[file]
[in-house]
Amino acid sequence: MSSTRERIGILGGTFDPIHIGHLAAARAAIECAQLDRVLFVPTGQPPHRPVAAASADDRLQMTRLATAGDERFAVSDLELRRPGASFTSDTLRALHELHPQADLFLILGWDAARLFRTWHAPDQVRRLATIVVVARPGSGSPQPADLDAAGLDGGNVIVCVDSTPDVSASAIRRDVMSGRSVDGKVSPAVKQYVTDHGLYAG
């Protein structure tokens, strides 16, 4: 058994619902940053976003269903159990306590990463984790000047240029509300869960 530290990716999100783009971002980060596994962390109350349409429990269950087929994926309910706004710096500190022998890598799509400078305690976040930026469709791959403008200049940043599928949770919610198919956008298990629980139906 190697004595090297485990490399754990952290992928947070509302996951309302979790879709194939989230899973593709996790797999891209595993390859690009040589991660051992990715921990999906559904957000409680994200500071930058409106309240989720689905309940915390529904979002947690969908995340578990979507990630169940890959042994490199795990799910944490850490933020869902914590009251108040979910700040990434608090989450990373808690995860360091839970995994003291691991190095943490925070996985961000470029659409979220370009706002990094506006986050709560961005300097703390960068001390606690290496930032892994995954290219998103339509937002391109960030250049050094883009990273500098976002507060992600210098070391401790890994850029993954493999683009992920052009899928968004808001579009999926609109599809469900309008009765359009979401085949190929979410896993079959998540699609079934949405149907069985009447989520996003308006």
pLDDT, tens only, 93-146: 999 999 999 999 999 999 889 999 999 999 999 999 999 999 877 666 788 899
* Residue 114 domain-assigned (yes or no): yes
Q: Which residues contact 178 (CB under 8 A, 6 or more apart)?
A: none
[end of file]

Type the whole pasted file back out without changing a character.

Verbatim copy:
[in-house]
Amino acid sequence: MSSTRERIGILGGTFDPIHIGHLAAARAAIECAQLDRVLFVPTGQPPHRPVAAASADDRLQMTRLATAGDERFAVSDLELRRPGASFTSDTLRALHELHPQADLFLILGWDAARLFRTWHAPDQVRRLATIVVVARPGSGSPQPADLDAAGLDGGNVIVCVDSTPDVSASAIRRDVMSGRSVDGKVSPAVKQYVTDHGLYAG
């Protein structure tokens, strides 16, 4: 058994619902940053976003269903159990306590990463984790000047240029509300869960 530290990716999100783009971002980060596994962390109350349409429990269950087929994926309910706004710096500190022998890598799509400078305690976040930026469709791959403008200049940043599928949770919610198919956008298990629980139906 190697004595090297485990490399754990952290992928947070509302996951309302979790879709194939989230899973593709996790797999891209595993390859690009040589991660051992990715921990999906559904957000409680994200500071930058409106309240989720689905309940915390529904979002947690969908995340578990979507990630169940890959042994490199795990799910944490850490933020869902914590009251108040979910700040990434608090989450990373808690995860360091839970995994003291691991190095943490925070996985961000470029659409979220370009706002990094506006986050709560961005300097703390960068001390606690290496930032892994995954290219998103339509937002391109960030250049050094883009990273500098976002507060992600210098070391401790890994850029993954493999683009992920052009899928968004808001579009999926609109599809469900309008009765359009979401085949190929979410896993079959998540699609079934949405149907069985009447989520996003308006």
pLDDT, tens only, 93-146: 999 999 999 999 999 999 889 999 999 999 999 999 999 999 877 666 788 899
* Residue 114 domain-assigned (yes or no): yes
Q: Which residues contact 178 (CB under 8 A, 6 or more apart)?
A: none